The religious and political leaders in Matthew decide that sealing and guarding Jesus’ tomb will protect the boundaries of the ideological status quo: we’re in charge, Jesus was a crazy heretic, and above all people don’t rise from the dead. How desperately do we want our ideology to prevail? Enough that we feel comfortable silencing those who don’t agree with us? Enough that it becomes our ultimate concern? Enough that we start to aim for this world but with more progressive politics rather than another world altogether, sealing our own ideologies in stone to make us feel secure even if it means sealing the kingdom out?
I’ve been in several self-described “progressive” churches lately where from looking at the bulletin or the posters or hearing the announcements, one could well conclude that political activism is the sole point of church. Let me be clear, I think political action is an important way to witness to God’s Kingdom. But in desperate political moments like the ones we seem to find ourselves in weekly these days, it can be easy to get God confused with, say, the Democratic Party. I remember sitting in church the Sunday before the Alabama special senate election in December as a congregant prayed for voter turnout and that Doug Jones would win. And I wanted those things, too, I wanted some sign that we weren’t quite as screwed as it feels like we are, some political victory to make the darkness go away faster. As we responded in unison “Lord, hear our prayer,” I found myself thinking: “well, at least democracy is a better idol than guns.”
But God didn’t tell us not to have idols unless we picked the good ones; as Christians we are called to put our faith in Christ, and nowhere else, especially not in our own ideas. Or as Anne Lamott puts it: “You can safely assume you've created God in your own image when it turns out that God hates all the same people you do.”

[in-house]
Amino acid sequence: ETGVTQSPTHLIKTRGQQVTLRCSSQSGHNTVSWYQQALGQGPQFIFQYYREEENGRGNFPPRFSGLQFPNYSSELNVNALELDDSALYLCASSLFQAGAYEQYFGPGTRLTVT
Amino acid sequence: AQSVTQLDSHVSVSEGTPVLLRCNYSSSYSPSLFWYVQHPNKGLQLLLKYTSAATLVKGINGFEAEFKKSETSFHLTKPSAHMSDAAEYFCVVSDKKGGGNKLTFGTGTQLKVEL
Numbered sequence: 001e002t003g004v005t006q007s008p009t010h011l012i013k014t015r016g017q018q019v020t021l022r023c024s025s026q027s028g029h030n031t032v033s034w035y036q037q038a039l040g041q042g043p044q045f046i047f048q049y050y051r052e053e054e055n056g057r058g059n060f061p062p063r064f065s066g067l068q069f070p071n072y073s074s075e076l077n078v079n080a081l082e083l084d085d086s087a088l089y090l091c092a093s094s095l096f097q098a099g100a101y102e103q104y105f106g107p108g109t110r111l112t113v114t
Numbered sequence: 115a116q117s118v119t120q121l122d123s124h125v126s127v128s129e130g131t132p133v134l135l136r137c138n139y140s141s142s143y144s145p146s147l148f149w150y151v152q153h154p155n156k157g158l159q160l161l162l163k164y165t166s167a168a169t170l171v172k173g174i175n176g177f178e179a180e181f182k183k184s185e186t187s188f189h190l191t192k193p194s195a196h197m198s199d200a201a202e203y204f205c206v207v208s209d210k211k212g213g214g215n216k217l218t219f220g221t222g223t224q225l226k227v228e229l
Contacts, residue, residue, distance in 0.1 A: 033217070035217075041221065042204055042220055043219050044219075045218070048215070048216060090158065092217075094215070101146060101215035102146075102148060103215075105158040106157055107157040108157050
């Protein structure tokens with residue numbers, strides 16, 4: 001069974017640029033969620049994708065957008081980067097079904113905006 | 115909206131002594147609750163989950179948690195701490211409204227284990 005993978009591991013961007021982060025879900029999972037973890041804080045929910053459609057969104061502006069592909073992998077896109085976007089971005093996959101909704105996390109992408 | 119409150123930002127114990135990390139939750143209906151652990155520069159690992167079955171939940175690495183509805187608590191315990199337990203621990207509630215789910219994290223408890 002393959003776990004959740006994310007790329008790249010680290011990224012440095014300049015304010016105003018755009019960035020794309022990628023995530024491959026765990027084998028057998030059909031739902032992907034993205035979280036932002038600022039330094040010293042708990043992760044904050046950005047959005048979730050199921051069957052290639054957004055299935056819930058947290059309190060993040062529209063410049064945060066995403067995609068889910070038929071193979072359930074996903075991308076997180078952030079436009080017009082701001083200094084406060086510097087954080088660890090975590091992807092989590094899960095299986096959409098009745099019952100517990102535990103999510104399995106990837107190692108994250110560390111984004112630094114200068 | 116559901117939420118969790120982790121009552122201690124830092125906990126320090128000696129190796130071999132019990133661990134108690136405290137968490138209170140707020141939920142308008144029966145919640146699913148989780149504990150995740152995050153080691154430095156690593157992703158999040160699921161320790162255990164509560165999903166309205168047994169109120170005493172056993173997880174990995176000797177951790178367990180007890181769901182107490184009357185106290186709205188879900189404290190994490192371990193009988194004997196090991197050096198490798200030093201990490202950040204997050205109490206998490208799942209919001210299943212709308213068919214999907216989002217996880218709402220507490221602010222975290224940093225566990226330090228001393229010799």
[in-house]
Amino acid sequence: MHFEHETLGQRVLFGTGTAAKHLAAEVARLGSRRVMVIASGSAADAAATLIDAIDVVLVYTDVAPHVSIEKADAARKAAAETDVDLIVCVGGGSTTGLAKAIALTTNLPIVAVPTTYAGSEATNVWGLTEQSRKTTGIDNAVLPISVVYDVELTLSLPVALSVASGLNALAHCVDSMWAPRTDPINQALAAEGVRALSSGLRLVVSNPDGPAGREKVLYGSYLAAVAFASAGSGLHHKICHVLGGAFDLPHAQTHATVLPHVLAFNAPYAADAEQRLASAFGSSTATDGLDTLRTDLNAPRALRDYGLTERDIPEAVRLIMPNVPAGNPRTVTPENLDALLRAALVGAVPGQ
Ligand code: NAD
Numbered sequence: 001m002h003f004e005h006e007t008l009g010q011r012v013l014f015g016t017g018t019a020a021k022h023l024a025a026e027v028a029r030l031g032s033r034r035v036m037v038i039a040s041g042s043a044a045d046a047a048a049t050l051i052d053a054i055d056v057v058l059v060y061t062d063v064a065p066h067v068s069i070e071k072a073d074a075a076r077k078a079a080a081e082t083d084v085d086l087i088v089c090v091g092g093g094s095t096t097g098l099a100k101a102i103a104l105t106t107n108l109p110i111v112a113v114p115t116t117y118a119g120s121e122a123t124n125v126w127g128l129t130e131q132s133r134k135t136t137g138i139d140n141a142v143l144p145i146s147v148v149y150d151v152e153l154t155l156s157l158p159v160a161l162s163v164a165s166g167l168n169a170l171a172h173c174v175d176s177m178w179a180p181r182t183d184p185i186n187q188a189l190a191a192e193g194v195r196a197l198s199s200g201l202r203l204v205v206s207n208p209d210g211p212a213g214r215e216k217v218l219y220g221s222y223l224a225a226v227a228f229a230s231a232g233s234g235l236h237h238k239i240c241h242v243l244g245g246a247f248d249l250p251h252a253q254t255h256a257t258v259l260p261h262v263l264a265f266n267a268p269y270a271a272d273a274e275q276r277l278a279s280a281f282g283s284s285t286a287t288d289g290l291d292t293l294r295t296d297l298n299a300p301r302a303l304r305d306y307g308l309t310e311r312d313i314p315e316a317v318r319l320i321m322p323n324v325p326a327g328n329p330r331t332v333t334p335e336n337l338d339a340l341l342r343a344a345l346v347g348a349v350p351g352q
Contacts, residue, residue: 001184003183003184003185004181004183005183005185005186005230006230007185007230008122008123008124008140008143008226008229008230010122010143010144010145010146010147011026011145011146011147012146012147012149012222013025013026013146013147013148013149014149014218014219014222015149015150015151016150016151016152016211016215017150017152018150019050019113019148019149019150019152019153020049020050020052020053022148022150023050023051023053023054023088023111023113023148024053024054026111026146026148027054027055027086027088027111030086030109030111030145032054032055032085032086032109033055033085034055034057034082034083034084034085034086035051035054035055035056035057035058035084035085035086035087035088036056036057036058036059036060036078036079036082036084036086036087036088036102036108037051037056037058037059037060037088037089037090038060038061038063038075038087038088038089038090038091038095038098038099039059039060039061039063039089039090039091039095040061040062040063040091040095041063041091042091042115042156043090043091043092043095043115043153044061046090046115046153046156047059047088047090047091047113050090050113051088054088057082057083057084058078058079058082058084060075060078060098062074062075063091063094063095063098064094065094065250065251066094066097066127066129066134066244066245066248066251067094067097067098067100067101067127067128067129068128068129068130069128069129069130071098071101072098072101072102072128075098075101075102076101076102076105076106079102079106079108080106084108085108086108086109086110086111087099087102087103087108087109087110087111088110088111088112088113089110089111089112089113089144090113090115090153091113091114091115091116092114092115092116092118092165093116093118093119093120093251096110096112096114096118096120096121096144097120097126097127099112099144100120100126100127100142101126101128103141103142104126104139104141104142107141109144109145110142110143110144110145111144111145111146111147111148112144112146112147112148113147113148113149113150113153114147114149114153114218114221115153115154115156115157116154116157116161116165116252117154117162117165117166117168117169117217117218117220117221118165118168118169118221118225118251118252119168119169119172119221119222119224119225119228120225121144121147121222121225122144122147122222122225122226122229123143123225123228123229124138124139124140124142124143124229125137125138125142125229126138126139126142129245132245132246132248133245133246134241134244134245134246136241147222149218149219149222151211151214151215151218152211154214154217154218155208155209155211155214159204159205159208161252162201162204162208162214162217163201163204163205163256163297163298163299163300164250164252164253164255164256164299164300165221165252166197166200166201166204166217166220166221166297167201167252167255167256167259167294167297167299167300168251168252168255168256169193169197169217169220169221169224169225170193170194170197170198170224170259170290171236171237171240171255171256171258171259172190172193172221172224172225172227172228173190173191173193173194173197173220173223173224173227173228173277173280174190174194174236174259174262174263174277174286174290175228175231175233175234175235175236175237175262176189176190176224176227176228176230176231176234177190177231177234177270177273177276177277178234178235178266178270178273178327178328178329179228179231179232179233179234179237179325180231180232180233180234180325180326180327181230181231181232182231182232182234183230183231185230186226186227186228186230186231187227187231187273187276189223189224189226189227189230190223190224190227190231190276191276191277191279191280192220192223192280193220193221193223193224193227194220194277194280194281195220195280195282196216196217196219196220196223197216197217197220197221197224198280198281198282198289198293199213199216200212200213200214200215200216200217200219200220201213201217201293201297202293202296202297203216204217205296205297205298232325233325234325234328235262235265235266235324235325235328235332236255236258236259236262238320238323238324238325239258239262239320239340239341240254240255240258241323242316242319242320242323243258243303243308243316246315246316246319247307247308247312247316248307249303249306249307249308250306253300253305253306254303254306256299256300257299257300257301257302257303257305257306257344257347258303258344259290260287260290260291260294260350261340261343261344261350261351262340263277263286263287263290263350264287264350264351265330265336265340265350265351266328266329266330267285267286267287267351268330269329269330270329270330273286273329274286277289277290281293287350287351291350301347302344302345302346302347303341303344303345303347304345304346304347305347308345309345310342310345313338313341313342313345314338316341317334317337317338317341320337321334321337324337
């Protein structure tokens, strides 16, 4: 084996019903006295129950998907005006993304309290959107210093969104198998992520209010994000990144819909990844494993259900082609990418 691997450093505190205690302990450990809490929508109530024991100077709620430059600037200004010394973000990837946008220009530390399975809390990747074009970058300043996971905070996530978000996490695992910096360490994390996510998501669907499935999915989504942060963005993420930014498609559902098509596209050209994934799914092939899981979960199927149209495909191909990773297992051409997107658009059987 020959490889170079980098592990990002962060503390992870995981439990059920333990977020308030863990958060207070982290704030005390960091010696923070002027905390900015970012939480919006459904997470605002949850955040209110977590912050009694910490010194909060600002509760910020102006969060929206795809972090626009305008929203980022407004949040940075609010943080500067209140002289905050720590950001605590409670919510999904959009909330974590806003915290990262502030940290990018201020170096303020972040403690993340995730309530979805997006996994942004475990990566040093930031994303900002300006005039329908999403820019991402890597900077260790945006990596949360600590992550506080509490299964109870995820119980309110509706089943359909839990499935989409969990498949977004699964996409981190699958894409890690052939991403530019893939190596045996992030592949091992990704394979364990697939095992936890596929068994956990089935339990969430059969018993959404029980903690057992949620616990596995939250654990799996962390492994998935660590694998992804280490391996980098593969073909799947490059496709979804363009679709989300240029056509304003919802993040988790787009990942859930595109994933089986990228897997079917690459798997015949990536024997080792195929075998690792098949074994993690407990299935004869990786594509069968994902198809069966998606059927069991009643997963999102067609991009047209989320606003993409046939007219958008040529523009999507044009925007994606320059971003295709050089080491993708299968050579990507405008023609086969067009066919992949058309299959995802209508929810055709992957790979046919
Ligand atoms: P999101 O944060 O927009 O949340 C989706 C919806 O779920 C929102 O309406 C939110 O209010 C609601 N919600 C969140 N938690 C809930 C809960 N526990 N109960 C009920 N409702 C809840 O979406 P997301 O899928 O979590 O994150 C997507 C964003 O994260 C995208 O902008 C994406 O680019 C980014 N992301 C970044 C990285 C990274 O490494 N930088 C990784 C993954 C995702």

Speaking of God, where is she in this story? Behind the sealed stone, the tomb has gone dark. No light seeps in, the soldiers’ shifting feet cannot be heard outside’ all is silent and still. Here in the cool air, lying on the ground wrapped in cloth and spices, God’s bones, waiting. It was the Sabbath day, the day marking God’s rest. The work of resurrection would take place before the stone is unsealed, when it seems the empire has succeeded. Was there any sign in the tomb on that Sabbath day of what was to come?
We cannot see in the dark, and this makes us nervous. It is comforting to think that political activity might ignite a spark of hope so we could avoid having to feel like we are in the dark. We can get desperate to find something to do that will banish the darkness, quick. But the dark tomb is the site of God’s radical activity. If we were not so caught up in the necessity of our vision, we might see through God’s eyes that, as Rebecca Solnit writes, “the future is dark, but with a darkness as much of the womb as of the grave.”
I want to zoom out a bit and show you what comes right before and right after this passage. Hear it again:
Mary Magdalene and the other Mary were there, sitting opposite the tomb. The next day, that is, after the day of Preparation, the chief priests and the Pharisees gathered before Pilate and said, "Sir, we remember what that impostor said while he was still alive, 'After three days I will rise again.' Therefore command the tomb to be made secure until the third day; otherwise his disciples may go and steal him away, and tell the people, 'He has been raised from the dead,' and the last deception would be worse than the first." Pilate said to them, "You have a guard of soldiers; go, make it as secure as you can." So they went with the guard and made the tomb secure by sealing the stone. After the Sabbath, as the first day of the week was dawning, Mary Magdalene and the other Mary went to see the tomb.
Mary Magdalene and the other Mary, faithful women on both sides of this story. We don’t see these women doing much other than sitting or standing by the tomb and looking at it. Their response to a dark event is to see the darkness, to return over and over to the site of love. What if, when we went to church, we did what the women do in this story: stood and looked at the tomb. Saw the darkness, the site of God’s radical activity, and kept our sights there, so that when we do act, as we must, it is not in the service of our own vision but of God’s. Amen.